As a real estate executive with Stirling Properties, Ryan Pécot has helped hundreds of business owners realize their visions across the Gulf Coast.
Now, the Lafayette native is bringing his own vision to life in the form of a neighborhood barbecue restaurant, which is set to open this summer at 117 S. College Road in an old home that most recently housed a spa.
Chop's Smokehouse will serve classic, down-home barbecue and sides along with more creative drinks and bar snacks in a space meant for lingering.
Pécot envisions the 2,600-square-foot restaurant to have the character and charm of neighborhood restaurants he's grown to love in cities like New Orleans, Austin and Memphis.
"I know that Lafayette is a cool place, and we all have a lot of pride in Acadiana," Pécot said. "But there are a lot of things we don't have. I seek out places like the establishment I'm creating here when I'm traveling because of how much I enjoy them, so part of this is a self-fulfilling prophecy to make Lafayette a little bit cooler."
Chop's Smokehouse will feature an open kitchen, elevated bar and 1,000-square-foot deck with eclectic seating under sprawling oak trees.
Pécot is trying to keep as much of the house intact as possible, and he's planning to pay homage to his own grandmother through the build out process.
He's planning to keep the original kitchen cabinets and even painted the restaurant's smoke-shack the same shade of green to match. The tile work will also be reminiscent of what he found in the home.
"We want to keep it and make it feel like you're walking into your grandma's house," Pécot said. "We want it to feel like you're at home."
The restaurant's bar, called Nanny's Drinkery, will be a more polished, finished area with a see-through bookcase.
It will serve about a dozen beers on tap along with original alcoholic and nonalcoholic options that keep with the barbecue theme. Nanny's lemonade is a smoky take on the summer drink that comes with a grilled lemon. Nanny's margarita comes with a grilled lime.
The restaurant's core food menu will include barbecue staples of brisket, pork, sausage, turkey and chicken along with sides of coleslaw, mac and cheese, grits, green beans and potato salad.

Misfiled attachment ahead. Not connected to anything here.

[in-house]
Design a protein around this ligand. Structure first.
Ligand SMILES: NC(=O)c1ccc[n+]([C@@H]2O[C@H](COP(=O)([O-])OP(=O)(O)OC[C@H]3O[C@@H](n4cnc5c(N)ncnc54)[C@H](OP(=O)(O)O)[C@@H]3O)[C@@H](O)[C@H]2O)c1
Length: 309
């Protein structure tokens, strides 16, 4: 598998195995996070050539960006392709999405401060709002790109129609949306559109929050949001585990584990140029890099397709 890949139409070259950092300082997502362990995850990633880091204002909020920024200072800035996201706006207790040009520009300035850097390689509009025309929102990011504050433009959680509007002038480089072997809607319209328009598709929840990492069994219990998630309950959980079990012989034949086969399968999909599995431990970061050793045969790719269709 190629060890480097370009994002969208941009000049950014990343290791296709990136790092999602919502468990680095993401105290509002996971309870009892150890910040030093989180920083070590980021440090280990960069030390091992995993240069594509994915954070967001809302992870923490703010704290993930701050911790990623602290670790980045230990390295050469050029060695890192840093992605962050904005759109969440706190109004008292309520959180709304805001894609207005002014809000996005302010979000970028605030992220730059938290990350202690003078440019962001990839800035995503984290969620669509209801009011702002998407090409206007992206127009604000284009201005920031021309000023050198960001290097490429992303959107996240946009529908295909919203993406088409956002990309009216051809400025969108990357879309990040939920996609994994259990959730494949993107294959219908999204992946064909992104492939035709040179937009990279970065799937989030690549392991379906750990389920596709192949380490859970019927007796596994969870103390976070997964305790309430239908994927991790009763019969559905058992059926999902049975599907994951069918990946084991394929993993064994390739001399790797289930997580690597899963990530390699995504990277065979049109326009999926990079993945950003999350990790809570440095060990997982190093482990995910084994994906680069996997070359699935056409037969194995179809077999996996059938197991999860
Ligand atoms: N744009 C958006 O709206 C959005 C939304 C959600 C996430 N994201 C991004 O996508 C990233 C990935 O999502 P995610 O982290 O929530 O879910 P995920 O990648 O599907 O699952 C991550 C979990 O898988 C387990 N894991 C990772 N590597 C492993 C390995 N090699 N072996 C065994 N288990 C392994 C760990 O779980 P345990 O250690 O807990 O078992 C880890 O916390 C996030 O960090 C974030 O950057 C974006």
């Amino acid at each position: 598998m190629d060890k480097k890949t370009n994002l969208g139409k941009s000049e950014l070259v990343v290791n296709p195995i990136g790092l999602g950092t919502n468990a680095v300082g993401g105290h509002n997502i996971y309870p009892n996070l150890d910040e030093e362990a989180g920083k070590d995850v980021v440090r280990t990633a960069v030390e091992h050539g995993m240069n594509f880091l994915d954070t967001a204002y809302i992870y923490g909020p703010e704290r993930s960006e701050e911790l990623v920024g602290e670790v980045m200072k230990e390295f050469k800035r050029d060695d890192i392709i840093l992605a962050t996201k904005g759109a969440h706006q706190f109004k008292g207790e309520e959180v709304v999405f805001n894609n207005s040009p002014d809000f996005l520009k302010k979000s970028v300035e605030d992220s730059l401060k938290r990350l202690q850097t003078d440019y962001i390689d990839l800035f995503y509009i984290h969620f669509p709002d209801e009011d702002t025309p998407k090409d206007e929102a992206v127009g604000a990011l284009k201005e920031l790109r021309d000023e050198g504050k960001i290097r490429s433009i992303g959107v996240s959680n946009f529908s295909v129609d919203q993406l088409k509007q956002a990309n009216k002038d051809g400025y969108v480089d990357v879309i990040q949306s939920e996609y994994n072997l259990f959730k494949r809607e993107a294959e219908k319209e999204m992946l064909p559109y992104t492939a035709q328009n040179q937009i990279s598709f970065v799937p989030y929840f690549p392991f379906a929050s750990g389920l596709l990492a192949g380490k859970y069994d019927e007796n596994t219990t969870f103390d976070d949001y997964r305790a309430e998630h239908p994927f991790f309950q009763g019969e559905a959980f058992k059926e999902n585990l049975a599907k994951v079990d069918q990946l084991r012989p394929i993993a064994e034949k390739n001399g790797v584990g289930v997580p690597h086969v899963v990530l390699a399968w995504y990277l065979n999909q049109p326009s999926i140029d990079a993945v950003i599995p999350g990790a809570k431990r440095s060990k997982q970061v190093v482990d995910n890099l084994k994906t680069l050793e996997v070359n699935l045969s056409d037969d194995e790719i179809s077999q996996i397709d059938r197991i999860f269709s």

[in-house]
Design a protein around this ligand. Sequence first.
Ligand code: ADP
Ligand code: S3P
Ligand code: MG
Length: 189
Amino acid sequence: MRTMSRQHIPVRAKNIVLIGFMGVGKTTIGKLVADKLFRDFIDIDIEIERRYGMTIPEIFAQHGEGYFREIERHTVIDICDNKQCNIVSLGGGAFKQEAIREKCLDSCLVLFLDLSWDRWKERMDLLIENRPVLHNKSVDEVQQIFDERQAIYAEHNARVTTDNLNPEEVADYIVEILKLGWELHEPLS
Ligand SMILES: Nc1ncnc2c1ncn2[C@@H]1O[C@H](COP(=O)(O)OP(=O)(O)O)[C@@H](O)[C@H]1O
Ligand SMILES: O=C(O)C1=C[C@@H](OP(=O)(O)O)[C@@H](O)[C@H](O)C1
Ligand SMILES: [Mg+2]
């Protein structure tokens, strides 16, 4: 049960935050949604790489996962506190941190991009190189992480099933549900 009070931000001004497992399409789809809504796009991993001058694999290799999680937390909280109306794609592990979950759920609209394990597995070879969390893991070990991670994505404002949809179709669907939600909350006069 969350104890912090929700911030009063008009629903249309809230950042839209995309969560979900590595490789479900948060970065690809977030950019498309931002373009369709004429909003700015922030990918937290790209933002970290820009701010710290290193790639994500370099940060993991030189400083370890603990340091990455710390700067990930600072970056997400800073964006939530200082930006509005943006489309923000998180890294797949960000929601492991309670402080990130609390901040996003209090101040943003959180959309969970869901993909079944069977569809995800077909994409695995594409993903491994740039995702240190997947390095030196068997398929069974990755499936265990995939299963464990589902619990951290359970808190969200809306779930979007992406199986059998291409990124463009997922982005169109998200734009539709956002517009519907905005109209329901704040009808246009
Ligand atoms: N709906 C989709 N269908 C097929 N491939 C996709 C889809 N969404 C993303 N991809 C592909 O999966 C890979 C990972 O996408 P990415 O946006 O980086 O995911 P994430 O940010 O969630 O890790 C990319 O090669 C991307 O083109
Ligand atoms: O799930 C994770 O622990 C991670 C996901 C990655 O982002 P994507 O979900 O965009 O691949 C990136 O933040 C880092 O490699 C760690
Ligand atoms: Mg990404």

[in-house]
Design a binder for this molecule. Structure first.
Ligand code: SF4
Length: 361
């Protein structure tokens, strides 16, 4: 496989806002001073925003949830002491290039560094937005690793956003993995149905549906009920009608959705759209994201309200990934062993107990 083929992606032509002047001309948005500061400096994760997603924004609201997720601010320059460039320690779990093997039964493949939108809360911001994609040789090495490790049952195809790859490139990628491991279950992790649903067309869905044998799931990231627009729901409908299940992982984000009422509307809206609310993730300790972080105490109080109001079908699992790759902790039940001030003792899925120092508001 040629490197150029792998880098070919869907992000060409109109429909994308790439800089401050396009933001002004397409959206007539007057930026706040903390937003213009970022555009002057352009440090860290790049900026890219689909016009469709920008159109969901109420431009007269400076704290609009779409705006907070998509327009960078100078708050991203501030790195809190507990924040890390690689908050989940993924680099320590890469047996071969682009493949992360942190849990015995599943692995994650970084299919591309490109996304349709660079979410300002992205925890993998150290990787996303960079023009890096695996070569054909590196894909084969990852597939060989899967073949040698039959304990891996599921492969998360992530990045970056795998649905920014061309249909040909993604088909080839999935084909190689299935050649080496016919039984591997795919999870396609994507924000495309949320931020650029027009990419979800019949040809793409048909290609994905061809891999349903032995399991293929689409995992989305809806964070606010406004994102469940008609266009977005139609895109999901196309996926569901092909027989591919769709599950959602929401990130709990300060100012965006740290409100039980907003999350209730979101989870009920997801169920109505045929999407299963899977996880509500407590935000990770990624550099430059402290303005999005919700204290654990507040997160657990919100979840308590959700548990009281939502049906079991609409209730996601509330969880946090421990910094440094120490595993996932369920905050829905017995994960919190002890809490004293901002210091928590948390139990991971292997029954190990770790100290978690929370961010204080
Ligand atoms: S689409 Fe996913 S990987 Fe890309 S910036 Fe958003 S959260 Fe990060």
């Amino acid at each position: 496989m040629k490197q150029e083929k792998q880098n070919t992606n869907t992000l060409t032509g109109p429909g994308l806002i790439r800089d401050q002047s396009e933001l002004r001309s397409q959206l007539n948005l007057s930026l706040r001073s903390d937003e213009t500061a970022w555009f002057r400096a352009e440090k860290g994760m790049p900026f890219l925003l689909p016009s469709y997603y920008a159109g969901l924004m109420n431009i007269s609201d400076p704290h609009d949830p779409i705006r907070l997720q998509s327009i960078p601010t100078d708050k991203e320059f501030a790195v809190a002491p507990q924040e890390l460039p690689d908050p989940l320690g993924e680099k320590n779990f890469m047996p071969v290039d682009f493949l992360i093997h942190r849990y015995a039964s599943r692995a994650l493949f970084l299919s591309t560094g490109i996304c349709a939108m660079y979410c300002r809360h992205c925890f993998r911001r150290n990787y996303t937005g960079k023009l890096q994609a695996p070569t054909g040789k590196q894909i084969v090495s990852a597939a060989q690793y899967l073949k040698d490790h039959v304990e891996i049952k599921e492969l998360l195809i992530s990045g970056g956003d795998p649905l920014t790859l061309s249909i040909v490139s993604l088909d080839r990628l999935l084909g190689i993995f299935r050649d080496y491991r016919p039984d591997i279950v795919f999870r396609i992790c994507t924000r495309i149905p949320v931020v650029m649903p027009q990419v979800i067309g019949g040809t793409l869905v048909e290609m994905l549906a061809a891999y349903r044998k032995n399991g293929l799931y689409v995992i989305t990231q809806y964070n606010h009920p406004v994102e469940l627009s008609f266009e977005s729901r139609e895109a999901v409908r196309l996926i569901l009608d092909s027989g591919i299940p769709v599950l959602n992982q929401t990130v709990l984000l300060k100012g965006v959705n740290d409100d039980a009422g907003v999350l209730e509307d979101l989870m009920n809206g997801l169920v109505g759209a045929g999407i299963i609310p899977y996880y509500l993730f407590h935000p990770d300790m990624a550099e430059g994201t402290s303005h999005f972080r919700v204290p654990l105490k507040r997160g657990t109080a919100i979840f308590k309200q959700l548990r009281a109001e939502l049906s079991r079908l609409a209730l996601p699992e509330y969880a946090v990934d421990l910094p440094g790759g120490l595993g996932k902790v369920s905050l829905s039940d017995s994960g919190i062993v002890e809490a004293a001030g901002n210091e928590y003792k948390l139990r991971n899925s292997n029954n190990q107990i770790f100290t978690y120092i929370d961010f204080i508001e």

Chop's Smokehouse will also offer a bar menu with more contemporary fare. Thick-cut bacon burnt ends served with dipping sauce. Quesadillas made with barbecue meats. Smoked hummus served with chips, cucumbers and sliced sausage. Cajun kettle corn with smoked peanuts.
"You can only eat pulled pork or brisket sandwiches so many times a month," Pécot said. "And we want this to be a place to hang out and drink, get a few bar snacks. We'll have a few surprises."
Chop's Smokehouse is named for Pécot's dog, Tchoupitoulas.
At 41, Pécot jokingly calls the restaurant endeavor his midlife crisis. The real estate executive has had more time to be involved in the project than he initially expected when he began work in January because of the coronavirus shutdown.
Pécot is planning to open the restaurant in June, but that could change depending on what coronavirus restrictions might still be in place this summer.
He said he wouldn't open if the 25% capacity limit remained in effect, but he would consider opening if a 50% capacity limit were in place.
Chop's Smokehouse will feature counter service and self-seating, at which point a server will wait on the table, bringing out food and drinks until a customer is ready to close out. The restaurant's large deck could also increase capacity since state restrictions are looser for outdoor dining.
"We certainly do have concerns," Pécot said. "We're luckily at a spot where we don't have to open. We're going to figure it out and get it right."